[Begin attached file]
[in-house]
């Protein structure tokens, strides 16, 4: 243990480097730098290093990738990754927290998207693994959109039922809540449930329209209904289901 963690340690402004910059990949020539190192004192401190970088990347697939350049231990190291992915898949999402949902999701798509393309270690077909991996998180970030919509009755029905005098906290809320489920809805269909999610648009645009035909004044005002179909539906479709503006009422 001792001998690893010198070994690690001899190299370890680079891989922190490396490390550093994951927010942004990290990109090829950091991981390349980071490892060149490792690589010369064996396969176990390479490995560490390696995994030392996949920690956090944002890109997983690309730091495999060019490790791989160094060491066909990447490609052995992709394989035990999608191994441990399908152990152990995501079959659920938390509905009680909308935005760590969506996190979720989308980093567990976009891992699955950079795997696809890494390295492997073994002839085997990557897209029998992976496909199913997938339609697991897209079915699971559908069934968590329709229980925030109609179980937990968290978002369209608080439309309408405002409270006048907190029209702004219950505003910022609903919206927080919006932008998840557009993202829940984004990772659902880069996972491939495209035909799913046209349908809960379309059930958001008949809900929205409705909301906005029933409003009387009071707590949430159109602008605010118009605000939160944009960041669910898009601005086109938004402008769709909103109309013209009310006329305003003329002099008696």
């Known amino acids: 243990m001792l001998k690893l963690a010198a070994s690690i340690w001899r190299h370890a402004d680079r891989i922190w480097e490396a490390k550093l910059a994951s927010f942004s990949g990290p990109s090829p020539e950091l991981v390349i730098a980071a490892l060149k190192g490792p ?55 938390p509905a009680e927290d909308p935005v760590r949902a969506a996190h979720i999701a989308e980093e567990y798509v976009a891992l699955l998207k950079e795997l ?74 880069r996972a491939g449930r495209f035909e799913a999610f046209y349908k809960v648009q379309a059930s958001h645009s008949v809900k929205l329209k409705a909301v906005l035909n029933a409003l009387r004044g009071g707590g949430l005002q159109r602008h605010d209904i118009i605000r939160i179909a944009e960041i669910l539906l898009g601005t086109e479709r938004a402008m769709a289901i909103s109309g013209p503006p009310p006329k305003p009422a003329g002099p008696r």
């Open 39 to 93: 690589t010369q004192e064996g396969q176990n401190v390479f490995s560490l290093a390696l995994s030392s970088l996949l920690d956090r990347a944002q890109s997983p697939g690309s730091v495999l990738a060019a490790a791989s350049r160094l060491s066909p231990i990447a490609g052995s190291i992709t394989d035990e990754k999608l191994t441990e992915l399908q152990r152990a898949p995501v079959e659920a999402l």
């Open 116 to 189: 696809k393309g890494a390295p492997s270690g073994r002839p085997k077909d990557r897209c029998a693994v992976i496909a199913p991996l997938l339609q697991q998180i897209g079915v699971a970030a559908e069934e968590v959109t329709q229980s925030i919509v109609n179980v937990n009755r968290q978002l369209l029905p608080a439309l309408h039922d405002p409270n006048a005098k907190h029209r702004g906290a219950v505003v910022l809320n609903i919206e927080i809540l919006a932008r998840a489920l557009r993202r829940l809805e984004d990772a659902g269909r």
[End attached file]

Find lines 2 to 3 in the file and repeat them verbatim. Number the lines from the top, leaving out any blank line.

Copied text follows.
């Protein structure tokens, strides 16, 4: 243990480097730098290093990738990754927290998207693994959109039922809540449930329209209904289901 963690340690402004910059990949020539190192004192401190970088990347697939350049231990190291992915898949999402949902999701798509393309270690077909991996998180970030919509009755029905005098906290809320489920809805269909999610648009645009035909004044005002179909539906479709503006009422 001792001998690893010198070994690690001899190299370890680079891989922190490396490390550093994951927010942004990290990109090829950091991981390349980071490892060149490792690589010369064996396969176990390479490995560490390696995994030392996949920690956090944002890109997983690309730091495999060019490790791989160094060491066909990447490609052995992709394989035990999608191994441990399908152990152990995501079959659920938390509905009680909308935005760590969506996190979720989308980093567990976009891992699955950079795997696809890494390295492997073994002839085997990557897209029998992976496909199913997938339609697991897209079915699971559908069934968590329709229980925030109609179980937990968290978002369209608080439309309408405002409270006048907190029209702004219950505003910022609903919206927080919006932008998840557009993202829940984004990772659902880069996972491939495209035909799913046209349908809960379309059930958001008949809900929205409705909301906005029933409003009387009071707590949430159109602008605010118009605000939160944009960041669910898009601005086109938004402008769709909103109309013209009310006329305003003329002099008696």
């Known amino acids: 243990m001792l001998k690893l963690a010198a070994s690690i340690w001899r190299h370890a402004d680079r891989i922190w480097e490396a490390k550093l910059a994951s927010f942004s990949g990290p990109s090829p020539e950091l991981v390349i730098a980071a490892l060149k190192g490792p ?55 938390p509905a009680e927290d909308p935005v760590r949902a969506a996190h979720i999701a989308e980093e567990y798509v976009a891992l699955l998207k950079e795997l ?74 880069r996972a491939g449930r495209f035909e799913a999610f046209y349908k809960v648009q379309a059930s958001h645009s008949v809900k929205l329209k409705a909301v906005l035909n029933a409003l009387r004044g009071g707590g949430l005002q159109r602008h605010d209904i118009i605000r939160i179909a944009e960041i669910l539906l898009g601005t086109e479709r938004a402008m769709a289901i909103s109309g013209p503006p009310p006329k305003p009422a003329g002099p008696r």